QR Codes have taken our lives by storm in the last decade.  Being used in all areas from home to retail stores.  And the growth does not seem to decline, with latest use the well-known COVID tracking system.   QR codes have many functionalities and are being used in all industries around the globe. 

So what is a QR code and why was it invented?

QR code is an abbreviation for Quick Response code, a two-dimensional bar code that was first designed in 1994 by Masahiro Hara from the Japanese company Denso Wave for the automotive industry.  Its purpose was to track vehicle manufacturing and was designed to allow for high-speed component scanning.

Usually, the QR code will be located on a white background which makes it easy for imaging devices to read.  The initial design was influenced by the black and white pieces on a Go board.

The process by which the device reads the QR code is called Reed-Solomon error correction.  This occurs until the image can appropriately be interpreted.  The required data is then extracted from the patterns that are present in both the vertical and horizontal components.

There are four standardized encoding modes to store data efficiently, namely:

  1. Numeric
  2. Alphanumeric
  3. Byte/binary
  4. Kanji

Uses for QR codes in the Construction & Operating industry:

The main use for QR codes has always been for consumer advertising since it provides a way to access a brand’s website easier and more quickly than by manually typing a URL.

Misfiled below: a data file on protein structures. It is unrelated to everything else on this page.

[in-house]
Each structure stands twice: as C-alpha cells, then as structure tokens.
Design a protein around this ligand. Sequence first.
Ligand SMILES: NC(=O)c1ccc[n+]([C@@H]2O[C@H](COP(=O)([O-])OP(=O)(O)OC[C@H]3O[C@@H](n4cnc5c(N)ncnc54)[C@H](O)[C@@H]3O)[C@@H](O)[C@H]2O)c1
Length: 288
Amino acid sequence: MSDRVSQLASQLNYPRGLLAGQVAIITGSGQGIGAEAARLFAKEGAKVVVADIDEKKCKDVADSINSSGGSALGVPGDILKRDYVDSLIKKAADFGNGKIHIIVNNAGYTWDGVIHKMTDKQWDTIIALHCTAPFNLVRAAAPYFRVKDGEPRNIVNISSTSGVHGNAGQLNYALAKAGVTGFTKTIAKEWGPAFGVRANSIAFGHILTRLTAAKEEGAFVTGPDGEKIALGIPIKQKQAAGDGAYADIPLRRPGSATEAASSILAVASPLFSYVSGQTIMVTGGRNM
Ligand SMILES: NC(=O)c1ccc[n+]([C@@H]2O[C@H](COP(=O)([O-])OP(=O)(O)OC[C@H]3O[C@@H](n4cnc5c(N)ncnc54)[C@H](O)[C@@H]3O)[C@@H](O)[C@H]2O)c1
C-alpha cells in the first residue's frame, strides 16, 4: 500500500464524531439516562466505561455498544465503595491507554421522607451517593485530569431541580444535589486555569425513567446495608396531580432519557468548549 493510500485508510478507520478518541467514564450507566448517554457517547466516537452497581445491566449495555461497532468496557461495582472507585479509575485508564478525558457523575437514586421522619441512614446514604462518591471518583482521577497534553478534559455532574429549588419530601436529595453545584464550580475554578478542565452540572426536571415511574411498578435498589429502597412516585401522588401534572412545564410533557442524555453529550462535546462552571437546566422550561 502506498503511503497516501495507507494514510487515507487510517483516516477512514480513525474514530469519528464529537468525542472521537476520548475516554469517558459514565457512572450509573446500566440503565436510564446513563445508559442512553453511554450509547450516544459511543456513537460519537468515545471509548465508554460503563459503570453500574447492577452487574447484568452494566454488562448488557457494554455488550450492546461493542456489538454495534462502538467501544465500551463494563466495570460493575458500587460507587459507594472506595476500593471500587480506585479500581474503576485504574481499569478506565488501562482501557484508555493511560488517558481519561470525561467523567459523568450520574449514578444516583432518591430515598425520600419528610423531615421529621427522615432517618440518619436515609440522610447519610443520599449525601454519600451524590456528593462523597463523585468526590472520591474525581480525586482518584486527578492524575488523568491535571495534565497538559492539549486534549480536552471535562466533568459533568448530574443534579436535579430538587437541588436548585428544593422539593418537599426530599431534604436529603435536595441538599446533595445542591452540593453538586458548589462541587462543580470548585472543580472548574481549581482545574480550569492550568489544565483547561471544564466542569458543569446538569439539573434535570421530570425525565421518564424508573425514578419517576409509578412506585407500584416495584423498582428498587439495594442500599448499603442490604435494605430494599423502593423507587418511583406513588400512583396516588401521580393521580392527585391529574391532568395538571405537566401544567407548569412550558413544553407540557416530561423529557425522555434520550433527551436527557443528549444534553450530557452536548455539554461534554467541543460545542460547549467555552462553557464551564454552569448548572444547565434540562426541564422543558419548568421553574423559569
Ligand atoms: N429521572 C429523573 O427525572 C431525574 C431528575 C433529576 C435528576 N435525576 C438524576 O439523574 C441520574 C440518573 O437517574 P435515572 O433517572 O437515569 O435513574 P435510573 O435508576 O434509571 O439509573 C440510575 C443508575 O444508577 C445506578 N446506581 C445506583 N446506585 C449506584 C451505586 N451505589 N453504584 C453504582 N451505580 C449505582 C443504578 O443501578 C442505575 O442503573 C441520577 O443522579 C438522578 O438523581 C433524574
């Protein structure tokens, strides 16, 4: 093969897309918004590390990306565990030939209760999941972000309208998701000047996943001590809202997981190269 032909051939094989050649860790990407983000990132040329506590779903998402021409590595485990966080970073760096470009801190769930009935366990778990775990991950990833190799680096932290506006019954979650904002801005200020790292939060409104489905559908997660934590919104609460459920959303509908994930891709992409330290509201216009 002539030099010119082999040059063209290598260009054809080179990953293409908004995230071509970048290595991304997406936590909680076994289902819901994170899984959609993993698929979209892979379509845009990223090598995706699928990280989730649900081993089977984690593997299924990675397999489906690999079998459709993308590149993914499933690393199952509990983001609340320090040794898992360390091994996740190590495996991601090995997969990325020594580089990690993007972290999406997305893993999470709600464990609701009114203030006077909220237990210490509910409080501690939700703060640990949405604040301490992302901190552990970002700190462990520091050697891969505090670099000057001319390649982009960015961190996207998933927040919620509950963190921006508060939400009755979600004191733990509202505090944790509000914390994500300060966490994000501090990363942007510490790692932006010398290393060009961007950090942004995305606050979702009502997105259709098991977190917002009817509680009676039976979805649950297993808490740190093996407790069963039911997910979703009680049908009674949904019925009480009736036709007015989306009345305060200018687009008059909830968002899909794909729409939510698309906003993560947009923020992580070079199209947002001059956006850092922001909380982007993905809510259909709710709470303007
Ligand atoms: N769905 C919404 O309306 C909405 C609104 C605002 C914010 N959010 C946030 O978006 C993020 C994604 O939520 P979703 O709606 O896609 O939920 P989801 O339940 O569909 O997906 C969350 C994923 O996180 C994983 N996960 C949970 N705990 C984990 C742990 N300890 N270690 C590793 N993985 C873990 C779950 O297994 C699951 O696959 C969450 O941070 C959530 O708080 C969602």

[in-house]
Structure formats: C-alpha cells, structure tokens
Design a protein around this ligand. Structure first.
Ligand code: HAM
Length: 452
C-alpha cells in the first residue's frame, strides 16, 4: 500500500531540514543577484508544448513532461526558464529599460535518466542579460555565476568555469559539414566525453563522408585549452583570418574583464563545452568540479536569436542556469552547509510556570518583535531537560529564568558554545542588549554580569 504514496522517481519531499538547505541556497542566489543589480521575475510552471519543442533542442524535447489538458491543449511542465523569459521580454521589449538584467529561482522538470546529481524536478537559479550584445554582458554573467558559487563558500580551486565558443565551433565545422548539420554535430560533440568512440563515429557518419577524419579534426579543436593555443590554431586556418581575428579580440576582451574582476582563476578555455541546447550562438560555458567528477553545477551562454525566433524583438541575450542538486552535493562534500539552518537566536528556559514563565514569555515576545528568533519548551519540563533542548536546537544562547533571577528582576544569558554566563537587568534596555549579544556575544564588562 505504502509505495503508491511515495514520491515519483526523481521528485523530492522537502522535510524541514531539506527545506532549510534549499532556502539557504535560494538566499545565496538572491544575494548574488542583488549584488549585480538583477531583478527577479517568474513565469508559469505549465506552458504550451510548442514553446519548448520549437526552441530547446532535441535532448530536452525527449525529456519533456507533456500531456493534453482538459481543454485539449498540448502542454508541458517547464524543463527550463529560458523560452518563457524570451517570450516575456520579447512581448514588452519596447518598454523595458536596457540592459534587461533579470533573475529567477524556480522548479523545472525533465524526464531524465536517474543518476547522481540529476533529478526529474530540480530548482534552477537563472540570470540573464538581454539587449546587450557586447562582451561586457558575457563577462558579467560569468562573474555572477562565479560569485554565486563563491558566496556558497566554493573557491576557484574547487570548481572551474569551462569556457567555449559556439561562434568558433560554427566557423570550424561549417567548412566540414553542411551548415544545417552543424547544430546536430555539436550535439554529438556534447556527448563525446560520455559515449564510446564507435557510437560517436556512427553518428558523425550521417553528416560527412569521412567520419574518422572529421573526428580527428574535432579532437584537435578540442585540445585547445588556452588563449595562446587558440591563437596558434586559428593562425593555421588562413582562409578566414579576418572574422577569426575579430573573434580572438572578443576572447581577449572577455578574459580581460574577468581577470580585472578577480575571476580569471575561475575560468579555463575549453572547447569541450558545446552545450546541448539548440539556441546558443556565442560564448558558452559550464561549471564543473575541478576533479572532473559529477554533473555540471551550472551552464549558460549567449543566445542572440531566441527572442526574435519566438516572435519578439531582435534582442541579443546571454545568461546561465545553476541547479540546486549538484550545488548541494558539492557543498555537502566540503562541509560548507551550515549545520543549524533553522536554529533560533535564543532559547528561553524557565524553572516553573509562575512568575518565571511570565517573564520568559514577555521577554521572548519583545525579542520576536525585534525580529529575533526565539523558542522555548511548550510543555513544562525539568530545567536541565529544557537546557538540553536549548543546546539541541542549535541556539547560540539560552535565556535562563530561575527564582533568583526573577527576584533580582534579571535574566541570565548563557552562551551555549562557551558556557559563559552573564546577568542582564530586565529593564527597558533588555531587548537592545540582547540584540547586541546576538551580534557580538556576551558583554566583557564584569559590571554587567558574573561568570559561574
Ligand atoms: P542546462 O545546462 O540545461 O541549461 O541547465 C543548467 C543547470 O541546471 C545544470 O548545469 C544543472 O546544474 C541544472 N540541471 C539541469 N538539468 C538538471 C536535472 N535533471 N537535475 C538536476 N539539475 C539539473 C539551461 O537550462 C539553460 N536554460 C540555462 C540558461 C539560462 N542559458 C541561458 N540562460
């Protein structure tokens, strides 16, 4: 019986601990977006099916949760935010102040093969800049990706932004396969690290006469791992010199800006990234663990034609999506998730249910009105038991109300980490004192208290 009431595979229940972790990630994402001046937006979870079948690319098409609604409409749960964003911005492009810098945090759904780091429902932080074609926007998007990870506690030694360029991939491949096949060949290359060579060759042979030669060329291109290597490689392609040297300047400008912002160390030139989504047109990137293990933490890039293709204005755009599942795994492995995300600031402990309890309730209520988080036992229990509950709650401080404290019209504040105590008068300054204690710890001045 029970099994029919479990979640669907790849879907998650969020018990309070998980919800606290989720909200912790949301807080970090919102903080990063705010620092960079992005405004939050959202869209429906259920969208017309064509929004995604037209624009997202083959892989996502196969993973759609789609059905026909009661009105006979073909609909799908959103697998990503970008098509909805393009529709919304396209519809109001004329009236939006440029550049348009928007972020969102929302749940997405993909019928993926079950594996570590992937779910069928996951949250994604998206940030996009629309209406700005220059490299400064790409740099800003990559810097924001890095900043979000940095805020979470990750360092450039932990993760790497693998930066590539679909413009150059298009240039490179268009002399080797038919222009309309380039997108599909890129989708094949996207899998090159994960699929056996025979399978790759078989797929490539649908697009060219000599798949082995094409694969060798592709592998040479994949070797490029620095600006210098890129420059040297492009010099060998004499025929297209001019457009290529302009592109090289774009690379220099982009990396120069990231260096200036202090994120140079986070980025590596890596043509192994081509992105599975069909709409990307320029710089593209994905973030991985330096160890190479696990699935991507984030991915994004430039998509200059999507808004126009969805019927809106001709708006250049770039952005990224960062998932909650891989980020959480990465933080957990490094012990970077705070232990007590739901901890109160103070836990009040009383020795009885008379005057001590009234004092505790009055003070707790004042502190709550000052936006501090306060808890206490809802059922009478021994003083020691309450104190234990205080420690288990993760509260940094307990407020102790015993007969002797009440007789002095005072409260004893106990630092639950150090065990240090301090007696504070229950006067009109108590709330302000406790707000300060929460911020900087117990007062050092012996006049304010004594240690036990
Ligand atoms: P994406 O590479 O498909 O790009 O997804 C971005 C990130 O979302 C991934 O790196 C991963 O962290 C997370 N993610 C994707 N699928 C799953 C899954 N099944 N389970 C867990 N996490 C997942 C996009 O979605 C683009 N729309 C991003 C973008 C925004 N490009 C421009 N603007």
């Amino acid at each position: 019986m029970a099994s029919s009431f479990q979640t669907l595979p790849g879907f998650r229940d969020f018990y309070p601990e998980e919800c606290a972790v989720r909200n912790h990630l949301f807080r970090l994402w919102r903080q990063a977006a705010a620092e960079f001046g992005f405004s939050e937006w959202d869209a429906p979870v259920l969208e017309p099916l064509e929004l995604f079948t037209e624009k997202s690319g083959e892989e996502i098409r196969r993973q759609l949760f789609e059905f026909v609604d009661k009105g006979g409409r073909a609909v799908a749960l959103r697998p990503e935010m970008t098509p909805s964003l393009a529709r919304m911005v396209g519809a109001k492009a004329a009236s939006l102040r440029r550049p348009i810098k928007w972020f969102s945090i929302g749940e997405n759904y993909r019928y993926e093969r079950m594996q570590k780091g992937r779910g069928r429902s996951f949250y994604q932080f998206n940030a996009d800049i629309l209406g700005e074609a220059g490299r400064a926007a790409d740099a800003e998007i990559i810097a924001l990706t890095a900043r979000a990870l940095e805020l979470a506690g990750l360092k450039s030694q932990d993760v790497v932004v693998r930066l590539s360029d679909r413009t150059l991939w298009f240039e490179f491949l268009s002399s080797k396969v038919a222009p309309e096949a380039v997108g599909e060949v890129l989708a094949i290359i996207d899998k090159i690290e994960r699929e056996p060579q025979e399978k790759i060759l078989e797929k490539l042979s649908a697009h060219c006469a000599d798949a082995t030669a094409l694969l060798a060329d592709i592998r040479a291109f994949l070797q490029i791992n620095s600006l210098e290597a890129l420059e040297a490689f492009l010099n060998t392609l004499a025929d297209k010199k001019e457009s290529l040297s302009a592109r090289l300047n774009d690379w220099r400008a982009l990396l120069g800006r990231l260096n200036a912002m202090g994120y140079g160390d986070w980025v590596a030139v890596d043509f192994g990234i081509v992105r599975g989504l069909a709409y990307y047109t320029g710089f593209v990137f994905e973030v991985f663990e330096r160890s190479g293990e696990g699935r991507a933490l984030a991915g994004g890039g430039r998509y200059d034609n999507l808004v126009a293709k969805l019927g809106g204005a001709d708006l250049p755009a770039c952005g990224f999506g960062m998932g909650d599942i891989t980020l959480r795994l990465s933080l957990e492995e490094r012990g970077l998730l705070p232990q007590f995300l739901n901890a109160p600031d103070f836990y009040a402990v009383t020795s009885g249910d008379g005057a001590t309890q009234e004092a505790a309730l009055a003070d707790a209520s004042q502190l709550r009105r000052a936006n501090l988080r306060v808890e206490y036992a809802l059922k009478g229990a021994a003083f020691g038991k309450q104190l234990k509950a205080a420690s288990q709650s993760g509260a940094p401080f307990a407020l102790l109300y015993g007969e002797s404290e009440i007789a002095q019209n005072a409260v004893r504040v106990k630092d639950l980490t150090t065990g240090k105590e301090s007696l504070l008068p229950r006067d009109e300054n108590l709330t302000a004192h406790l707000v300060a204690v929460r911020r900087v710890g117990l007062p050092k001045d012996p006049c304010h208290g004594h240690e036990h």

However, QR codes are not just for company promotions anymore.  Business can use them for assets inventory, logs, and ticketing and so much more.

Through the years, construction and operating companies have seen the benefit that QR codes can provide to their business and have adopted some of these functions. 

Some of the functions include:

  1. Verifying tools and materials:  All materials and tools being used on site needs to adhere to certain codes and standards to ensure quality and safety.  Verifying paper-based documents can be cumbersome, so many companies opt for QR codes placed on material and tools to ease the process.
  2. Latest revision drawings:  Not knowing whether the latest revision drawing is being used on site is a common occurrence.  This can lead to costly mistakes and sometimes even injury to workers.  Therefore, placing QR codes on drawings, building elements such as pillars and in site offices can provide a worker immediate access to the database to ensure that the latest drawing is being used.
  3. Manuals:  Manuals is a very important aspect when it comes to the maintenance of a finished construction project.  Thousands of manuals can exist, usually paper-based and stored in the office with digital copies only available to office staff.  With a QR code placed on the objects that needs to be maintained, easy access can be provided to the maintenance staff to that specific manual.  Eliminating errors and making for more productive work.

How does QDot utilize QR codes?

Did you know that QDot stands for Quality Dot?  With the Dot referring to a QR code label hosting all the project information.

QDot has built the application around the use of QR codes, making for easy access to Construction information such as Design drawings, ITP’s and right through to operating and maintenance manuals.

We are also utilizing this function to link different projects together on the app which allows for traceability of materials, processes, and signoffs.

QDot aims to lead the way in new technology and help bridge the gap to easy and accessible data. To know more about how QDot utilizes QR codes in the construction and operating industry, please visit www.qdot.co.nz or contact us at info@qdot.co.nz.